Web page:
The Lawrence area is growing.
That almost goes without saying.
By virtually any measure whether it's population, traffic, services or shopping opportunities there's no doubt that more of it is going on in town today than there was before.
At the same time, many of those same people living with and adding to the growth are pining for a sense of belonging often reserved for small towns.
Just ask J. Stewart. He longs for homes nestled among sprawling parks and neighborhood shopping centers, all focused around a town square.
"I want a place that allows people to get out of their car, cross the street and be in a shopping district where the kids can play in the park and go to the community center to take swimming lessons," said Stewart, a Lawrence developer who owns Terravest Construction Co. "I want a place where the mothers and fathers can shop, have a Saturday morning doughnut and coffee, and the kids can be playing in the center.
"It's been my dream. I want a community."
So Stewart, during the past decade, has purchased 1,000 acres at Lawrence's northwestern edge. His plans call for as many as 2,000 new homes and apartments, a $3.5 million plant for treating water and sewage, dozens of shops, a school campus, several park areas, a retirement complex and possibly a golf course or hotel and convention center.
Stewart describes the project as a suburb of Lecompton, although many would consider it more of a twin city.
The project would double the town's size.
"This is a community that we plan to grow over a period of 20 years," he said. "It's been my dream, and it also will be my retirement."
Evidence of growth
Big plans, small-town dreams. It's a theme that runs deep in the greater Lawrence area, in the heart of the fastest-growing section of the state.
To see evidence of Lawrence's swelling expansion, check out the latest figures from the U.S. Census.
Lawrence weighed in with 80,098 residents in 2000, up 22.1 percent from 65,608 a decade earlier. Among the state's 15 largest cities, Lawrence was outpaced only by communities in Johnson County, the state's fastest-growing county.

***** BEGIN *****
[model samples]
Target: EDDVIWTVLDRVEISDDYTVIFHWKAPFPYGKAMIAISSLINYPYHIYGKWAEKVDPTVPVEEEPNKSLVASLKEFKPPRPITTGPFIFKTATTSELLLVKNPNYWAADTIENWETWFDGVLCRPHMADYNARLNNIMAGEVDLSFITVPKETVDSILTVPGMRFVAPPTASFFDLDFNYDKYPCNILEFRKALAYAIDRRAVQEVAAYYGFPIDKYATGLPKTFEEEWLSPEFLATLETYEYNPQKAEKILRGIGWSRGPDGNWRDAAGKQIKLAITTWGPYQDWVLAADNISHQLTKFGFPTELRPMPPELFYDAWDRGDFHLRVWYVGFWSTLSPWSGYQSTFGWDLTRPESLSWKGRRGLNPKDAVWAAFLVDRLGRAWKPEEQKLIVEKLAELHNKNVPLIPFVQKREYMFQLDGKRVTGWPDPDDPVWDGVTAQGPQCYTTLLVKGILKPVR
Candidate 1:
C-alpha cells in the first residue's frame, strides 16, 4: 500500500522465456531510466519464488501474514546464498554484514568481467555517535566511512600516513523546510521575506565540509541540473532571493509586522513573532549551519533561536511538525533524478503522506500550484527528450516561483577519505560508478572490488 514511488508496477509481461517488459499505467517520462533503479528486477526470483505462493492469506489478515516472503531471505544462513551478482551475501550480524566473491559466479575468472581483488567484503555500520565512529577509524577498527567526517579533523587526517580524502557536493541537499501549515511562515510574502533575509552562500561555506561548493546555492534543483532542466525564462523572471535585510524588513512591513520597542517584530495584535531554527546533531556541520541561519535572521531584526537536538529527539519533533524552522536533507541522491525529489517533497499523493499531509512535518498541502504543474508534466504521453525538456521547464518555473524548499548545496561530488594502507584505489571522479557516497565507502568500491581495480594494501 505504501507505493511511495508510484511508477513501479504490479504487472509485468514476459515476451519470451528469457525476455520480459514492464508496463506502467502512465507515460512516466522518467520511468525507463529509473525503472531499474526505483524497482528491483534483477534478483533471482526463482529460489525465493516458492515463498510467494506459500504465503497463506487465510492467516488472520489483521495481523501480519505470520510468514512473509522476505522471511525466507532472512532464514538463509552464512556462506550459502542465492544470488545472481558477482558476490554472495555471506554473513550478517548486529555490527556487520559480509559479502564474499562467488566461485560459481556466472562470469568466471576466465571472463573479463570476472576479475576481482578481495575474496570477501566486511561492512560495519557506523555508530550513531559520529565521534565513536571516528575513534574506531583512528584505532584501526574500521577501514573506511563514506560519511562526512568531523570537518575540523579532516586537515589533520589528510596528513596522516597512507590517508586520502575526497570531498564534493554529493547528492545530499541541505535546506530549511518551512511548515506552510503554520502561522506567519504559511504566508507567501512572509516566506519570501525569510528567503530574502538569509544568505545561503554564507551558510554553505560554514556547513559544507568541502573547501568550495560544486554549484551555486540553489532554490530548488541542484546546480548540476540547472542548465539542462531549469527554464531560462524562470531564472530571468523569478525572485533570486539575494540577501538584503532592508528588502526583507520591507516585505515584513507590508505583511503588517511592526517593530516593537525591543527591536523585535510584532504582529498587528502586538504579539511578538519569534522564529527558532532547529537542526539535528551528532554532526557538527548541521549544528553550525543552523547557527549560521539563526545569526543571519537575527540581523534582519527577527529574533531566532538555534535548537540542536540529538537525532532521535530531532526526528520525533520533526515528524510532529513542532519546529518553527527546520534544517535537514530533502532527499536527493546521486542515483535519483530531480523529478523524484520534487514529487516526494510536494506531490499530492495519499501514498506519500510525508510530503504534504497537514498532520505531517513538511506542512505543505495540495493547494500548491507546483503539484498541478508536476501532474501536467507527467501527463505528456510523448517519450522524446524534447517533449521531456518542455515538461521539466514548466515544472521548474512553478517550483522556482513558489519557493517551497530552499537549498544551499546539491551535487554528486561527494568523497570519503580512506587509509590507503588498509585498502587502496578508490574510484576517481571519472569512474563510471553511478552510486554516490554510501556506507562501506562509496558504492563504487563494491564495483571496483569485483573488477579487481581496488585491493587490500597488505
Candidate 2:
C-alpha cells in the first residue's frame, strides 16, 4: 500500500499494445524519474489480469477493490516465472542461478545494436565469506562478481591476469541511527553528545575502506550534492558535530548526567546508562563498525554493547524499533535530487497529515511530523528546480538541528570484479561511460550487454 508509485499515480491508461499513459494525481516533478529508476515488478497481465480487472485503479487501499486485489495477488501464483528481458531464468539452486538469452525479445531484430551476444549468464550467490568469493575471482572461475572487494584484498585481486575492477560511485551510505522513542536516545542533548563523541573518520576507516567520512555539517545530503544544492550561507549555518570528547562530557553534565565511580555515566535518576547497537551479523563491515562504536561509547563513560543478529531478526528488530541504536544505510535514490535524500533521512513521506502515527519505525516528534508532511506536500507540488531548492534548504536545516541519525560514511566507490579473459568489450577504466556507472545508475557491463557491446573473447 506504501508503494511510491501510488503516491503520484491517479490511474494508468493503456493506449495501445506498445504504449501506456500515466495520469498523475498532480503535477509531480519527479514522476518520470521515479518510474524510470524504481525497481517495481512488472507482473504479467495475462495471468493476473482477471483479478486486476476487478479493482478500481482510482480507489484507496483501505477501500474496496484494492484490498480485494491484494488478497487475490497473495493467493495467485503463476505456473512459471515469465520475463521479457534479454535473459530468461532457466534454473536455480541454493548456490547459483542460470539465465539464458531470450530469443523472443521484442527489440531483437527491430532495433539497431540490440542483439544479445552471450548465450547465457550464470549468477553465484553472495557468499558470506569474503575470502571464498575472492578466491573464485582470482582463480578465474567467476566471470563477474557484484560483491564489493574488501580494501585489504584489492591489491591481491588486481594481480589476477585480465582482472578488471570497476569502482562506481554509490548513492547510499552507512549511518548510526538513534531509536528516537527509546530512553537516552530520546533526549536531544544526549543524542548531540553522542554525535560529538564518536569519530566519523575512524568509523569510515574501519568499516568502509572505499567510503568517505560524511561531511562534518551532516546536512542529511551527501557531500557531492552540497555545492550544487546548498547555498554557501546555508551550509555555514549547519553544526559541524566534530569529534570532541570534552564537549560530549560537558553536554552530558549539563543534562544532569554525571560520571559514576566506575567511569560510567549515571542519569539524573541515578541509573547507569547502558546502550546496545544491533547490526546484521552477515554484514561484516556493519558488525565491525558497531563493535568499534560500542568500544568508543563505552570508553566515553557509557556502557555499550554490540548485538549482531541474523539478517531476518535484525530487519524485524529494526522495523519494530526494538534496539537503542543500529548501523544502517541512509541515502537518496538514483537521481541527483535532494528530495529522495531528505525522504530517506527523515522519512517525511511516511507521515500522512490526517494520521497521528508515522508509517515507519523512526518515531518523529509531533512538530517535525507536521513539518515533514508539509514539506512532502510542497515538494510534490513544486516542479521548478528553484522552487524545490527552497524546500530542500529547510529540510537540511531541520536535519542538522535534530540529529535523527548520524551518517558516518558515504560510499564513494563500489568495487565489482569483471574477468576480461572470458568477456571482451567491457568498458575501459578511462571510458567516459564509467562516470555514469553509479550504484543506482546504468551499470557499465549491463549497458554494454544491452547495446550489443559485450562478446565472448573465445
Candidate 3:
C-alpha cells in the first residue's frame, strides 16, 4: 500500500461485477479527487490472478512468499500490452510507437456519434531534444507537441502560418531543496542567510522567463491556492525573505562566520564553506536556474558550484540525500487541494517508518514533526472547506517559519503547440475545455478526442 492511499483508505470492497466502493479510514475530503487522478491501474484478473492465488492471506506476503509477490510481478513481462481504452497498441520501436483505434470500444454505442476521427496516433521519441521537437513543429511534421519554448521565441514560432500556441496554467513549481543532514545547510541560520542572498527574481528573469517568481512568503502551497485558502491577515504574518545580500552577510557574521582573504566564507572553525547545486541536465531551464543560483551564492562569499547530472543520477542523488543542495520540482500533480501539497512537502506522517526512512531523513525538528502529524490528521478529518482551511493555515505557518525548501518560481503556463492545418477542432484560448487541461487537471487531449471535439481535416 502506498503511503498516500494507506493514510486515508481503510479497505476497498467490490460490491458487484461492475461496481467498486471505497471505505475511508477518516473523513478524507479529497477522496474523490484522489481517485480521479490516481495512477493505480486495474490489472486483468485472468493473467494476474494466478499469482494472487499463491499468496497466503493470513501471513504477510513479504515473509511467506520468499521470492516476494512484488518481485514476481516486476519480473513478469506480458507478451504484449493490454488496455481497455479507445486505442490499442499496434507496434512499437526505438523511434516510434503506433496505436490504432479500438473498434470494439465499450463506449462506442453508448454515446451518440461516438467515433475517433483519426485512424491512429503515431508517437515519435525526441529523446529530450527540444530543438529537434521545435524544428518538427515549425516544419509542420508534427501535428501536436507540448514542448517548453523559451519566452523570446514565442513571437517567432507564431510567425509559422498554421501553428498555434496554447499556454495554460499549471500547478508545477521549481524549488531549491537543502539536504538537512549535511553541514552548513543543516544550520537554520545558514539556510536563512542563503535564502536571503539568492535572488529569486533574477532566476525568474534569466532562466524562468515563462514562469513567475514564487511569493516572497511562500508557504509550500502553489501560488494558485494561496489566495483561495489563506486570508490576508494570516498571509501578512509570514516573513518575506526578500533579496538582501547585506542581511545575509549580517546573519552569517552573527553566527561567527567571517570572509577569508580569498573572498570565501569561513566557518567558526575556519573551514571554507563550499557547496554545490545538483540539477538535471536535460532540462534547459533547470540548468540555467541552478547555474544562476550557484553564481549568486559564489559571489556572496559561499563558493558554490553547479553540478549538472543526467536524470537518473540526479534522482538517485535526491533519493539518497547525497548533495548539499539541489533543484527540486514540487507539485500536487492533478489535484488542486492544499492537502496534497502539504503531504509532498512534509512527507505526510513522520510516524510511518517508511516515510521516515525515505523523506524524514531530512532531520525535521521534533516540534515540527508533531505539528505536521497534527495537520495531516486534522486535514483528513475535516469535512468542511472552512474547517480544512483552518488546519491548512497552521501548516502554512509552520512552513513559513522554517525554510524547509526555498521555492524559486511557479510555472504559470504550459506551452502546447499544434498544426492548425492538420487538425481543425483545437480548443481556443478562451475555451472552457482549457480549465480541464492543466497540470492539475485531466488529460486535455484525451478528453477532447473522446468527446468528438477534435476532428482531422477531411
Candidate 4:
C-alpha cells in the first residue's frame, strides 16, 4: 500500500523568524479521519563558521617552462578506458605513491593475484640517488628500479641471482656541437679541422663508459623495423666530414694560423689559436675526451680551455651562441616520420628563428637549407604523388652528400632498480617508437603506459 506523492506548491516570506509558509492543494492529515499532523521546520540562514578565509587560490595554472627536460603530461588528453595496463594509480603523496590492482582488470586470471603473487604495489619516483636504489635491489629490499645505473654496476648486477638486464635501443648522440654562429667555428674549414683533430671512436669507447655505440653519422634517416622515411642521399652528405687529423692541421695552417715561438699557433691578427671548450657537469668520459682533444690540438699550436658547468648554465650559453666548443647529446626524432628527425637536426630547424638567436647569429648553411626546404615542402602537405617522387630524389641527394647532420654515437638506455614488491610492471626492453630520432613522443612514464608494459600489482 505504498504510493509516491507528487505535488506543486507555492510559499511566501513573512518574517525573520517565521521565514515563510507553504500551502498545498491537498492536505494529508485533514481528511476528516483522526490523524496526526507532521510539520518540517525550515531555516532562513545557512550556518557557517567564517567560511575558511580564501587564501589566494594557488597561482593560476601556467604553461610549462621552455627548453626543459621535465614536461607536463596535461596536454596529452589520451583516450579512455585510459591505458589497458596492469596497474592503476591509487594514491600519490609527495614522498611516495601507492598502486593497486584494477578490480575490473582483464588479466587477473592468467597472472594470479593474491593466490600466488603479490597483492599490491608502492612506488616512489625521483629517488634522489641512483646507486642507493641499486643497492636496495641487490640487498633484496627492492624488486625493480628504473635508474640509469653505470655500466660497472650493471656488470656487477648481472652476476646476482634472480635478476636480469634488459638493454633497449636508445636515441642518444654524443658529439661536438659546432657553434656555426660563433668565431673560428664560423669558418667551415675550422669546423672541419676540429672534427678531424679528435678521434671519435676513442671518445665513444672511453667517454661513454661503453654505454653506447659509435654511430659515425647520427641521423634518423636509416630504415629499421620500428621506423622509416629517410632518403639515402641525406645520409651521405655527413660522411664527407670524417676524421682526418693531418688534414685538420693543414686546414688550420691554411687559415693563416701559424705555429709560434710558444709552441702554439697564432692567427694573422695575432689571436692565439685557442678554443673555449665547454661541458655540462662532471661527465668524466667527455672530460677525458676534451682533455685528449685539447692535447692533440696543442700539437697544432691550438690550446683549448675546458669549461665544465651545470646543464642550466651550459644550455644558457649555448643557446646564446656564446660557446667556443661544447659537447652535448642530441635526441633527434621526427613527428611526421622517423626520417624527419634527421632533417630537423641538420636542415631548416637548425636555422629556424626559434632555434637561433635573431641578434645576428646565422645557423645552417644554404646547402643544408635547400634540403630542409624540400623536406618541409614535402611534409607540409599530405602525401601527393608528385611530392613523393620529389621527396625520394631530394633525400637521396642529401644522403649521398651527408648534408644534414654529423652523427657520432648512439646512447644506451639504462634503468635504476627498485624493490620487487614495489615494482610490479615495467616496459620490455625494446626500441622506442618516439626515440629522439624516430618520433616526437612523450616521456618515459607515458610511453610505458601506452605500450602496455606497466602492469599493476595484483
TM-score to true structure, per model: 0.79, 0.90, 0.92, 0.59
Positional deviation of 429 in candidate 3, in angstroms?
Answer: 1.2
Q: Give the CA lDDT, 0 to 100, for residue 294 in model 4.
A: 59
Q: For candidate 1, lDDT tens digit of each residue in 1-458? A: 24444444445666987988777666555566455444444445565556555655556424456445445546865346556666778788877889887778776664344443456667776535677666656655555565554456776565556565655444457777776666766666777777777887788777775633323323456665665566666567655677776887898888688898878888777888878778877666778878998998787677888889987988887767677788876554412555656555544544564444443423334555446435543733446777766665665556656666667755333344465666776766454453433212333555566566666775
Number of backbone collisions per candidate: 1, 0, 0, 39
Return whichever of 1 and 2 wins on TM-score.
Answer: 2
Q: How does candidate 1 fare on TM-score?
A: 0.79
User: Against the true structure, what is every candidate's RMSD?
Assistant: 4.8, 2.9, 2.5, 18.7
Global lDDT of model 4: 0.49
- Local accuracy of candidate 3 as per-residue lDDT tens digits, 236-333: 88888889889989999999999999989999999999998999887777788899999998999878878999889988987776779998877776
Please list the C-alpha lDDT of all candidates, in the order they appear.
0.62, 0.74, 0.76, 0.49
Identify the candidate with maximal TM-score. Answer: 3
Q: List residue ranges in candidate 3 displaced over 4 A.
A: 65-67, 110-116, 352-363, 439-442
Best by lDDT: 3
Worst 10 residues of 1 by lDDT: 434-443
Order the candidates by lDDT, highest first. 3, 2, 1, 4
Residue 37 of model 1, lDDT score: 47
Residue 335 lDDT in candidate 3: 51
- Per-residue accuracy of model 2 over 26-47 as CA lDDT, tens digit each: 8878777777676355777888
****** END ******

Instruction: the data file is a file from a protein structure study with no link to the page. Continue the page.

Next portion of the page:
During the past decade, Lawrence issued building permits for 3,719 new homes, 697 duplexes and 2,270 apartments and other multifamily units.
Such numbers are no surprise to Doug Brown, a commercial Realtor with Coldwell Banker McGrew Real Estate in Lawrence. He's lived all 42 years of his life here, most of that time as a professional trying to help Lawrence grow faster.
His stance is simple: Lawrence's quality of life is so attractive through parks, schools, cultural activities and dozens of other features that new people and businesses want to share in the benefits.
'Change is good'
The popularity puts a squeeze on commercial space, Brown said, which can drive up prices that challenge the budgets of so-called mom-and-pop stores.
He maintains that for every new commercial store that opens, another small-town tenant can take its place and, therefore, open up more space down the ladder.
"Think back to the late '80s: If Dillons wouldn't have moved from their Sixth Street location (1312 W. Sixth St.) out to Sixth and Lawrence Avenue, Anderson Rentals wouldn't have had any place to go," Brown said. "If Hobby Lobby hadn't moved into the old JC Penney, (Westlake) Ace Hardware wouldn't have had a second place in Lawrence. "When something goes away, hopefully something as good or better takes its place. Change is good. Don't be afraid of change."
But change also can disrupt a comfortable existence.